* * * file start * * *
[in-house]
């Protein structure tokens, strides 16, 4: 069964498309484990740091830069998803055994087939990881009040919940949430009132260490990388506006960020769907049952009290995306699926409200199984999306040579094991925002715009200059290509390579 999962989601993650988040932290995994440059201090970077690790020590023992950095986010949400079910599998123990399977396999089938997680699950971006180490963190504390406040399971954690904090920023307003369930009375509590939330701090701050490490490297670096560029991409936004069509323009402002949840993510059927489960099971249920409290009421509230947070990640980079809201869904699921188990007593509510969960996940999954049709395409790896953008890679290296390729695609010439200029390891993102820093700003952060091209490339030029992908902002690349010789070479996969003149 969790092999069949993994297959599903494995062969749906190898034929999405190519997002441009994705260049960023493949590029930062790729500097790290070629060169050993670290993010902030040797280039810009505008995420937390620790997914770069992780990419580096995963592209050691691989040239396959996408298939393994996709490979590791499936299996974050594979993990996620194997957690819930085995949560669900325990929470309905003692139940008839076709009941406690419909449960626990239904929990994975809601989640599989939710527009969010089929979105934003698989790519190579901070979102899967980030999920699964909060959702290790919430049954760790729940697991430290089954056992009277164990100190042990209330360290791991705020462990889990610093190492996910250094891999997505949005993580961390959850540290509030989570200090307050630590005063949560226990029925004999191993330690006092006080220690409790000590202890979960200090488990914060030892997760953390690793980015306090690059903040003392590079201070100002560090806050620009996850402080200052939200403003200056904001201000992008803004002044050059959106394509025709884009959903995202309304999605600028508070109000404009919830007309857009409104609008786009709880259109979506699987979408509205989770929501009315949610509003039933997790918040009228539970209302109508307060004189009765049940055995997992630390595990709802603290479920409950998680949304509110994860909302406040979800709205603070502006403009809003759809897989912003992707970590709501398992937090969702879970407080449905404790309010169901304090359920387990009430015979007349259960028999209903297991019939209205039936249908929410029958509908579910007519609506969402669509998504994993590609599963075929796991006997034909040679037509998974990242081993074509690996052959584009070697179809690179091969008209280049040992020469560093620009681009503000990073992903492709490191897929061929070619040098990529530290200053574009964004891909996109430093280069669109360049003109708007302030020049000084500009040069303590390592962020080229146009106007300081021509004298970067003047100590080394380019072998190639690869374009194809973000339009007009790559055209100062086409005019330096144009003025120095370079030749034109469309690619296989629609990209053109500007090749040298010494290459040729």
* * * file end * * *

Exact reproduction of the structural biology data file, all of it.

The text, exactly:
[in-house]
């Protein structure tokens, strides 16, 4: 069964498309484990740091830069998803055994087939990881009040919940949430009132260490990388506006960020769907049952009290995306699926409200199984999306040579094991925002715009200059290509390579 999962989601993650988040932290995994440059201090970077690790020590023992950095986010949400079910599998123990399977396999089938997680699950971006180490963190504390406040399971954690904090920023307003369930009375509590939330701090701050490490490297670096560029991409936004069509323009402002949840993510059927489960099971249920409290009421509230947070990640980079809201869904699921188990007593509510969960996940999954049709395409790896953008890679290296390729695609010439200029390891993102820093700003952060091209490339030029992908902002690349010789070479996969003149 969790092999069949993994297959599903494995062969749906190898034929999405190519997002441009994705260049960023493949590029930062790729500097790290070629060169050993670290993010902030040797280039810009505008995420937390620790997914770069992780990419580096995963592209050691691989040239396959996408298939393994996709490979590791499936299996974050594979993990996620194997957690819930085995949560669900325990929470309905003692139940008839076709009941406690419909449960626990239904929990994975809601989640599989939710527009969010089929979105934003698989790519190579901070979102899967980030999920699964909060959702290790919430049954760790729940697991430290089954056992009277164990100190042990209330360290791991705020462990889990610093190492996910250094891999997505949005993580961390959850540290509030989570200090307050630590005063949560226990029925004999191993330690006092006080220690409790000590202890979960200090488990914060030892997760953390690793980015306090690059903040003392590079201070100002560090806050620009996850402080200052939200403003200056904001201000992008803004002044050059959106394509025709884009959903995202309304999605600028508070109000404009919830007309857009409104609008786009709880259109979506699987979408509205989770929501009315949610509003039933997790918040009228539970209302109508307060004189009765049940055995997992630390595990709802603290479920409950998680949304509110994860909302406040979800709205603070502006403009809003759809897989912003992707970590709501398992937090969702879970407080449905404790309010169901304090359920387990009430015979007349259960028999209903297991019939209205039936249908929410029958509908579910007519609506969402669509998504994993590609599963075929796991006997034909040679037509998974990242081993074509690996052959584009070697179809690179091969008209280049040992020469560093620009681009503000990073992903492709490191897929061929070619040098990529530290200053574009964004891909996109430093280069669109360049003109708007302030020049000084500009040069303590390592962020080229146009106007300081021509004298970067003047100590080394380019072998190639690869374009194809973000339009007009790559055209100062086409005019330096144009003025120095370079030749034109469309690619296989629609990209053109500007090749040298010494290459040729």